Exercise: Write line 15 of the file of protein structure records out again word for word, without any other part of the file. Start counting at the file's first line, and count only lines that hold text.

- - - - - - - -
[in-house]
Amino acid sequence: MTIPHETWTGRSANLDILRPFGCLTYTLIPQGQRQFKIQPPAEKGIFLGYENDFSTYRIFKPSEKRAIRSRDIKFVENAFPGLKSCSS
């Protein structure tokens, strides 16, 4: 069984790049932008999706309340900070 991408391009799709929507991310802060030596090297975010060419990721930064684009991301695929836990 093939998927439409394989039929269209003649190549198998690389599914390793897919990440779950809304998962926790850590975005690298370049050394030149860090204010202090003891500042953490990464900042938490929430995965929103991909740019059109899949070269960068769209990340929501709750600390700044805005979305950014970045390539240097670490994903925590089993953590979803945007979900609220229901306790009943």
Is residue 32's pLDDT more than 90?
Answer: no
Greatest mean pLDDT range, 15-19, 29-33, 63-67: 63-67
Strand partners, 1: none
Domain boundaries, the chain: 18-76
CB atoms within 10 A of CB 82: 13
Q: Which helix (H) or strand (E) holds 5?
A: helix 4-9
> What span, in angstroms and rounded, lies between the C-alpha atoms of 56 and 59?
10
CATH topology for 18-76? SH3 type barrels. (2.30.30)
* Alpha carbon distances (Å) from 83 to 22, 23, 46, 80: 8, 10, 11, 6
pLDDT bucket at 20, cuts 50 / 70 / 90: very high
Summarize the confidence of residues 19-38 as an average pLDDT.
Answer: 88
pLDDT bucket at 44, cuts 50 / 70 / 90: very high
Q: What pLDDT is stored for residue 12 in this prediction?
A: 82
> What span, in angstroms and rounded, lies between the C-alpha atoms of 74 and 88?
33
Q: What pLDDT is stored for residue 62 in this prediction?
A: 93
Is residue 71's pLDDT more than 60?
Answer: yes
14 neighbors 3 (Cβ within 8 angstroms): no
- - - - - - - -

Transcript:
* Alpha carbon distances (Å) from 83 to 22, 23, 46, 80: 8, 10, 11, 6